Parents have many options available to them when it comes to enforcing a child support order. One of the most common, is the filing of a motion to hold a parent in contempt of court. This is commonly known as a “Petition for Rule to Show Cause” or a “Petition for Adjudication of Indirect Civil Contempt.” When a motion for contempt is filed, the parent filing the motion needs to show a few basic, but necessary, things to the court to prevail:

  1. A Court order was entered for child support;
  2. Child support is not being paid or is being underpaid consistently;
  3. The person owing support is willfully violating the Court’s order;
  4. That the refusal to pay and follow the Court’s order impairs the other parents rights; and
  5. There is no justifiable reason for the refusal to make the child support payment.

When this is shown to the court, the burden of proof shifts to the non-paying parent to explain and give a reason, if they can, why they should not be held in contempt of court for their refusal to follow the Court’s order. Ordinarily, the non-paying parent does not have a good enough reason to avoid being held in contempt. If he or she lost their job, that parent might think that is enough reason to avoid contempt. In some instances, it might be. But ordinarily, it is on the non-paying parent to ask the court to modify child support because of a lost job and not let time go by waiting for the other parent to demand that the child support payments be made. Remember, a child support order is ALWAYS temporary – it can be changed when a substantial change in circumstances arises – such as a lost job – or even a significant change in child-related expenses (such as a special needs child, school tuition, etc.).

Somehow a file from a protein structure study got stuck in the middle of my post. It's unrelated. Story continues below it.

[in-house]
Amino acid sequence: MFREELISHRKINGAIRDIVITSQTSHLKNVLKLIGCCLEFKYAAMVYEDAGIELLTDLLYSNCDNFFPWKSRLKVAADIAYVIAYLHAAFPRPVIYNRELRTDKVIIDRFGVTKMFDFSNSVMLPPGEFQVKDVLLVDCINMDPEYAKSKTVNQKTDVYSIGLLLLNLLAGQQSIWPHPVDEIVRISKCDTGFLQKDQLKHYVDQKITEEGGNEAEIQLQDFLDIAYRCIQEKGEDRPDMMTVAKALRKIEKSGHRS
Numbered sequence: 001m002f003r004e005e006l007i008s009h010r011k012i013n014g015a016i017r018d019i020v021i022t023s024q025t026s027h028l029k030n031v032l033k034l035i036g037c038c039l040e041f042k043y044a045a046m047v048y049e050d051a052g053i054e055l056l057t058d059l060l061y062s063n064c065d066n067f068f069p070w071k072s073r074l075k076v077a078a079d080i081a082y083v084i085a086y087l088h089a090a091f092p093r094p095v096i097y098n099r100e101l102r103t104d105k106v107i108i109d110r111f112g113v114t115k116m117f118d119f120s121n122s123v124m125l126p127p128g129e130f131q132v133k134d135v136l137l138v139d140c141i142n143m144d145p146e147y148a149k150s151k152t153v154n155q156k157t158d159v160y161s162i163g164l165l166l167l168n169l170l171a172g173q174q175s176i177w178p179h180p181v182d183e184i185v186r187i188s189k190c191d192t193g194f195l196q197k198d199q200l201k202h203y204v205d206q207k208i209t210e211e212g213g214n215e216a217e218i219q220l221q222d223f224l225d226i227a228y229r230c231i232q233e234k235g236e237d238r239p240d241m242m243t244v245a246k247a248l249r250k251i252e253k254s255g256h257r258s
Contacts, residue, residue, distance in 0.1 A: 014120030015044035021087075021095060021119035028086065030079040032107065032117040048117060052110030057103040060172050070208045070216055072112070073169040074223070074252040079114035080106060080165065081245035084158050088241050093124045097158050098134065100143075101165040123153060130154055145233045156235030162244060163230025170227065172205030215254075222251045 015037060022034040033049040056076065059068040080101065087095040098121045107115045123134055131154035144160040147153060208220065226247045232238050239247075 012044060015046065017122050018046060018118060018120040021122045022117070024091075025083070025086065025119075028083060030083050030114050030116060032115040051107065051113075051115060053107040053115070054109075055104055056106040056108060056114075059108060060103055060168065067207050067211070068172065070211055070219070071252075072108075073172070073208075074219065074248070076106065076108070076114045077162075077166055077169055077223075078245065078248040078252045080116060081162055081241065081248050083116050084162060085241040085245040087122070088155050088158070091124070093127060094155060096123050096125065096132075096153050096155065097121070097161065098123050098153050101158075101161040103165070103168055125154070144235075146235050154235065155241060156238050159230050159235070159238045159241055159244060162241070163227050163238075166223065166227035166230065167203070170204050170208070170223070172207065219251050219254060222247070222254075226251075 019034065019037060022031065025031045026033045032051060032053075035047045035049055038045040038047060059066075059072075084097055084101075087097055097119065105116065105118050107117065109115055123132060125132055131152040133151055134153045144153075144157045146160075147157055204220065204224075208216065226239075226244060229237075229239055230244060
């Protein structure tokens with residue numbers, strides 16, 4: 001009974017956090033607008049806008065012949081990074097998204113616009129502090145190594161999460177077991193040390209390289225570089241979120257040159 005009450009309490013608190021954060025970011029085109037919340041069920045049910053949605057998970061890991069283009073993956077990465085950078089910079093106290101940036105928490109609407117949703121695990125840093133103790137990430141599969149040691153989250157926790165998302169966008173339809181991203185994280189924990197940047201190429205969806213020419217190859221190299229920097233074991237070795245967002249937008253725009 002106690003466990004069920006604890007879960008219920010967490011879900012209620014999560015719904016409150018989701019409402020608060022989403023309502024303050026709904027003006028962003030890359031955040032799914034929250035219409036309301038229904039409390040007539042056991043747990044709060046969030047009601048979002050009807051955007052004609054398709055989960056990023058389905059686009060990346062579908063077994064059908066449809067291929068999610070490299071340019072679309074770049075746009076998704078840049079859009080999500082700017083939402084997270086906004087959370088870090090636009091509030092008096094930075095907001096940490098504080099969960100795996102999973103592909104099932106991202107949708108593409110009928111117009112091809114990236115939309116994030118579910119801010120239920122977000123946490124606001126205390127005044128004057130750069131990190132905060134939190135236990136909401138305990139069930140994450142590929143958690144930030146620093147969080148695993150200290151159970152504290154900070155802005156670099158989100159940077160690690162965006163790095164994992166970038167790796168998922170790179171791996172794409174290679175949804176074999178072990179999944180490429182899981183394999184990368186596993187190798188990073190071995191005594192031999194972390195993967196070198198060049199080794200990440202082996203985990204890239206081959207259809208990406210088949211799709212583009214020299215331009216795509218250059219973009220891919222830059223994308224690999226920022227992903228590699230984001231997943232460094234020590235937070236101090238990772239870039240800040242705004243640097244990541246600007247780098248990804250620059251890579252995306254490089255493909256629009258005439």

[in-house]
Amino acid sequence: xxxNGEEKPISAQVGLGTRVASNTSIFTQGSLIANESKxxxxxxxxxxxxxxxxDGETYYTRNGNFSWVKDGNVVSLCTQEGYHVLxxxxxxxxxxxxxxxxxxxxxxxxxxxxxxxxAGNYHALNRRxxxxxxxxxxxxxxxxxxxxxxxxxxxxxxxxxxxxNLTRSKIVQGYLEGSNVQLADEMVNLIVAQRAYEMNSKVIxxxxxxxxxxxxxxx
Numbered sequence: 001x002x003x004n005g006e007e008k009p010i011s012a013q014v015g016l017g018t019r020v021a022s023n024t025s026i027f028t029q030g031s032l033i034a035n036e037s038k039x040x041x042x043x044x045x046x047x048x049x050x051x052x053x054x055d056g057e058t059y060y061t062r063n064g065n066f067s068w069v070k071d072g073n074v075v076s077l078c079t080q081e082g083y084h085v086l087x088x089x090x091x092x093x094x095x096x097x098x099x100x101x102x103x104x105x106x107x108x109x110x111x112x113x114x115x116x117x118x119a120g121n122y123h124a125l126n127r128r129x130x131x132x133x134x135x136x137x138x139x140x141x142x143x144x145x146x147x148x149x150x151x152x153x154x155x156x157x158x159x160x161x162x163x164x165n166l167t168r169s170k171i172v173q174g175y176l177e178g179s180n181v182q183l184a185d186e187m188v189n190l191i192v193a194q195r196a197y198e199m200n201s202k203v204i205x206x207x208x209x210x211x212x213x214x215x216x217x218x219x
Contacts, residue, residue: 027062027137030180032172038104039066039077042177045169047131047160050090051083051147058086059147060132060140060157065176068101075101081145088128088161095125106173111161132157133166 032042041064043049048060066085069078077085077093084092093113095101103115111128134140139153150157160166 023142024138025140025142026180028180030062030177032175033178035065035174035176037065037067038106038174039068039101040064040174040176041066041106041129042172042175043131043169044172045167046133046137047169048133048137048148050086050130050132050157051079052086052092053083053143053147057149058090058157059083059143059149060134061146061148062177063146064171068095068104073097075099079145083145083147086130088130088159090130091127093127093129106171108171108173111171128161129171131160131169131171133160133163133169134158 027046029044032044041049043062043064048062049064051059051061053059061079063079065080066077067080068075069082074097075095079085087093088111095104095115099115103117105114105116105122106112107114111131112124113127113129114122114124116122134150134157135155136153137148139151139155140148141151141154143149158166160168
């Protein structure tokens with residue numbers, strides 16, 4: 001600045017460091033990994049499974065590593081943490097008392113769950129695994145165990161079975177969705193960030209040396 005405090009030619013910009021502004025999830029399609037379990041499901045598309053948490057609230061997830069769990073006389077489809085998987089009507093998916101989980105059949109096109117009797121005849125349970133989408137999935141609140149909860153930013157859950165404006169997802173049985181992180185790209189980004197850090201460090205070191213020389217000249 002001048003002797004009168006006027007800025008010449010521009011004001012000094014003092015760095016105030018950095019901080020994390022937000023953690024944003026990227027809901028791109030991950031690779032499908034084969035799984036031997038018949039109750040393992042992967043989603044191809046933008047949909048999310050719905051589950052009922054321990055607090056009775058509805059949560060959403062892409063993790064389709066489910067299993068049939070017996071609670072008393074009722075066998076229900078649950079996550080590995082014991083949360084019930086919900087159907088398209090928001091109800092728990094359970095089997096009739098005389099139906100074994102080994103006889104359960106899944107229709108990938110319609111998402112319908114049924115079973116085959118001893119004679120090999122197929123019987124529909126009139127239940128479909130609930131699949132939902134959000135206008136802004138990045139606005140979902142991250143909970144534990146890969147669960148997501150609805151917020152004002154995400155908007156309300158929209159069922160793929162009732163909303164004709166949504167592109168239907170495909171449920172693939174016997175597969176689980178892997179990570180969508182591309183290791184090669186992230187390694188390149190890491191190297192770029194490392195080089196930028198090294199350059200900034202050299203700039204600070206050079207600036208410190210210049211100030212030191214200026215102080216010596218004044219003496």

Penalties for Contempt of Court

There are many penalties hat exist should a parent be held in contempt of court for their refusal to pay child support. Depending on the state, these penalties might include some or any of the following:

  1. Loss of drivers license (suspension of driving privilege’s until a lump sum and/or current payments are made over a period of time);
  2. Loss of a professional license (a suspension of a nursing license, teaching license, building contractor, electrician, truck driver/CDL);
  3. Payment of attorneys fees that the parent owed child support paid to hire a lawyer to enforce the Court order; or
  4. Imprisonment until payment is made.

What Should a Non-Paying Parent Do?

When a parent begins to fall behind on child support payments, be it because of a job loss or some extraordinary bill that interferes with payment being made, the non-paying parent must immediately file a motion with the court to modify his/her child support. Normally, a child support attorney should be used to make sure the child support modification court filing is properly filed and served on the other parent, but no matter what, the parent that owes support needs to move quickly. This should be done as soon as possible so that past-due support amounts will either not continue to add up, or they will be lowered so they are at a manageable temporary amount.